After several years spent bathing in a white noise of ink, Jason could at last hear the narrator’s voice. The world melted into view, and he could see the walls of the gas station that surrounded him, the shelves lined with rainbows of high-fructose nothingness, and the broken roads of a desert town just outside the window. His nameless manager leaned over and whispered to him, “check out that guy on pump three.”
Outside, a motorcycle planted all four of its chrome legs firmly against the pavement. The drifter who was riding it slid down from the saddle, then pet its handlebars approvingly with gnarled hands. He was a handsome mess to behold, soaked in sweat, dust, and a spattering of dried blood. His letterman’s jacket bore the insignia of some unknown high school: “The Golden River Gladiators.”
Jason took one look at him and knew exactly what was going on: this stranger had to be the protagonist. For that short moment in time, he had a name, a body, and a voice, and it was all because this singular figure was within eyeshot. All eyes were on him.
He had an idea of what would happen next. The drifter was only passing through, and this was just one stop on a much longer journey through several bloody chapters of Nevadan highway. The darkness would swallow Jason again shortly after the narrator mentioned his name for the last time. The story passing through his mind would grow muffled, then silent, and then the universe would collapse a few hours later. The whole damn town of Elko, Nevada would disappear into a pitch-black sandstorm, along with everyone he knew and loved.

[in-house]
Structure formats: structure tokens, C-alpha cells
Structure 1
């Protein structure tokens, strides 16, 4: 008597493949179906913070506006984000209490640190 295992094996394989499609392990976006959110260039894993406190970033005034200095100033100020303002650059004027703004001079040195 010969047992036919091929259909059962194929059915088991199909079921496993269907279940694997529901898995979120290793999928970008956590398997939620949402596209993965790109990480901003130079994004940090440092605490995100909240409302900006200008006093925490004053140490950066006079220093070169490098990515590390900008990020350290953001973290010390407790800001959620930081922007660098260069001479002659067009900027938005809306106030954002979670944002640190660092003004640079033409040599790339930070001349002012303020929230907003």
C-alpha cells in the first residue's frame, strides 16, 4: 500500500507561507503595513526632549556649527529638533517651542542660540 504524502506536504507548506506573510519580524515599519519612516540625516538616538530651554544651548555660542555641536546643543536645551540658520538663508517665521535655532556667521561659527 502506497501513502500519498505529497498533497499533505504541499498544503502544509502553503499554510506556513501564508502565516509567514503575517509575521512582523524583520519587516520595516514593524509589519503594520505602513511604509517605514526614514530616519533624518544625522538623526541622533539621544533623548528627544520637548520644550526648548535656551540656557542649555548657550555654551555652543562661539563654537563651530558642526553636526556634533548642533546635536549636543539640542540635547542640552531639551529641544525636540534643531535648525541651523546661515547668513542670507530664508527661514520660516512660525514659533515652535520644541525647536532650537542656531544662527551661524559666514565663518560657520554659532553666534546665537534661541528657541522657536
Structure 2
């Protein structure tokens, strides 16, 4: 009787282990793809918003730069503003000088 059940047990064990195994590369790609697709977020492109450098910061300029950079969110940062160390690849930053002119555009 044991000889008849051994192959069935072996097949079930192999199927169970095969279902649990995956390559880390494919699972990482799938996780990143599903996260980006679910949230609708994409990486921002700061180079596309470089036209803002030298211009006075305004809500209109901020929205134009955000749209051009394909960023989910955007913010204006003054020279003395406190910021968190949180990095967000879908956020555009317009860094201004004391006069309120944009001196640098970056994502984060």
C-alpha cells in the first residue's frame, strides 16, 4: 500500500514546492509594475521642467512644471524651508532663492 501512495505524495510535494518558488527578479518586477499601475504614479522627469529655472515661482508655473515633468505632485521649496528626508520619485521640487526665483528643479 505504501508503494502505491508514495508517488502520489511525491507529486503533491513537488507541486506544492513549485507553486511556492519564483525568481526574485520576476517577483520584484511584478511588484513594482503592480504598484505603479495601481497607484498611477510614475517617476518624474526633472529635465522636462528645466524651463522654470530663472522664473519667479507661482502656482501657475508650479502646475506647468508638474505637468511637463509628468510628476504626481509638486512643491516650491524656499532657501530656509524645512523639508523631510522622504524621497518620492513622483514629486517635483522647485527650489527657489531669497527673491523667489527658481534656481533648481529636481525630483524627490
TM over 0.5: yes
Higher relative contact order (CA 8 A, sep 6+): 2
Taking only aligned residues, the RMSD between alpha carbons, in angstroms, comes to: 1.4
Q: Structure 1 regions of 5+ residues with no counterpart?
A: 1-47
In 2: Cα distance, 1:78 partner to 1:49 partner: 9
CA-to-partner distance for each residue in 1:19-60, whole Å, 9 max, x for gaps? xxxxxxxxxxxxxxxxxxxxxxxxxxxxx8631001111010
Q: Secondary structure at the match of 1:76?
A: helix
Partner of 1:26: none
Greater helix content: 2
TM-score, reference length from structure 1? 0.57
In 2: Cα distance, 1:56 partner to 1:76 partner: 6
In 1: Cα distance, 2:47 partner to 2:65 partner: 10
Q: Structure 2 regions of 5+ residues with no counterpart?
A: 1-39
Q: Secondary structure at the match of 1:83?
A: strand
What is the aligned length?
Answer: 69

The wanderer threw the station’s door open. He barged straight up to the till, not bothering to take off his sunglasses, and slammed a ten-dollar coin bearing Eleanor Roosevelt’s face onto the counter. “Put this on pump four, and hurry. I gotta make Salt Lake by nightfall.”
“Yeah, sure.” Jason didn’t bother to correct his esteemed customer; he simply put the money on pump three instead, a gesture of good will that he would never be thanked for.
That’s when everything changed. Jason J. Hargrove, associate manager, bowling enthusiast, and valued cardholder, really took that last piece to heart. “A gesture of good will that he would never be thanked for.” The narrator’s voice had singled out a painful truth: that this was all that he would be remembered for, unless he did something right then and there. As the drifter turned to exit, Jason pulled a nine-millimeter pistol out from under the counter, aimed, and pulled the trigger three furious times.
The glass of the window beyond spilled apart, and a quarter ounce of lead found its way through the nomad’s skull, causing him to crumple to the floor. It took Jason a few seconds to realize what he had done, but at that moment of reckoning, he let out a terrible yell. He’d done it- he’d spat in the face of God. He didn’t care that two highway patrolmen were fifteen yards away buying matching Drs. Pepper, or that his manager was howling in shock and crumpled against a wall of overpriced cigarettes. He heard someone yell for him to freeze and drop his weapon, but all he could manage to do was laugh. Perhaps, in the end, this was his story after all.
It was during the chaos that followed that I stole the motorcycle on pump three and galloped eastward. Nobody present at the scene witnessed me arriving or leaving- in large part due to the narrator's discretion. I didn’t stick around to find out what happened to Jason, but I imagine hearing these words wiped that smile off his face.